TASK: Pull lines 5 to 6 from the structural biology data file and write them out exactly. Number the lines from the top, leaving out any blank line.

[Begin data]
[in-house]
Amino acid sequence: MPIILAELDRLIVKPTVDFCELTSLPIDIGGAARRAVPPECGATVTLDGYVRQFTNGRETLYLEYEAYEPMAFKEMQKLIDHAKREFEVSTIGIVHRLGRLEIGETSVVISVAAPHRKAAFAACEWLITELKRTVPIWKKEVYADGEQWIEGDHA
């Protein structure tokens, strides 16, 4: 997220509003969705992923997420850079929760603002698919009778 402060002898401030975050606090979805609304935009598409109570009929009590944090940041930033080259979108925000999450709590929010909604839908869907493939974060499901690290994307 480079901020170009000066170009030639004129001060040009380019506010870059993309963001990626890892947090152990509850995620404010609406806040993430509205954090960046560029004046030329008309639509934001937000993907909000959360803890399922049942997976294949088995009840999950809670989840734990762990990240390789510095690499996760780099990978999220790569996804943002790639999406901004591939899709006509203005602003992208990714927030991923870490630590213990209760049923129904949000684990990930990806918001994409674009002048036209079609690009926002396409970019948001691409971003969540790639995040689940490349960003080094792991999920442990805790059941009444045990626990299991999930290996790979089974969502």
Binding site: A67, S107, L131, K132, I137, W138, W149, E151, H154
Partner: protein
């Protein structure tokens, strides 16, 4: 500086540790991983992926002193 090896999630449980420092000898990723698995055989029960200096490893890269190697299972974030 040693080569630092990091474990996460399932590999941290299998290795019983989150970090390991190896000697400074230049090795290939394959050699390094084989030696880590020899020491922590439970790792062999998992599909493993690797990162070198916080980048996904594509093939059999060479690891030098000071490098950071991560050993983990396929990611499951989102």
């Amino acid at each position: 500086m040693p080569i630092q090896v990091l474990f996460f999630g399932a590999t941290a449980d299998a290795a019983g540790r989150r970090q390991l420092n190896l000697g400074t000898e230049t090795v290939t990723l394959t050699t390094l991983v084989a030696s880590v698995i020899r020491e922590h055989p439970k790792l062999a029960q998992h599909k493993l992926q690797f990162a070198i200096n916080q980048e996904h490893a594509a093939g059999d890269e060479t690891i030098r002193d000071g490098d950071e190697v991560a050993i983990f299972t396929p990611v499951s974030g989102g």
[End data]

Partner: protein
């Protein structure tokens, strides 16, 4: 500086540790991983992926002193 090896999630449980420092000898990723698995055989029960200096490893890269190697299972974030 040693080569630092990091474990996460399932590999941290299998290795019983989150970090390991190896000697400074230049090795290939394959050699390094084989030696880590020899020491922590439970790792062999998992599909493993690797990162070198916080980048996904594509093939059999060479690891030098000071490098950071991560050993983990396929990611499951989102």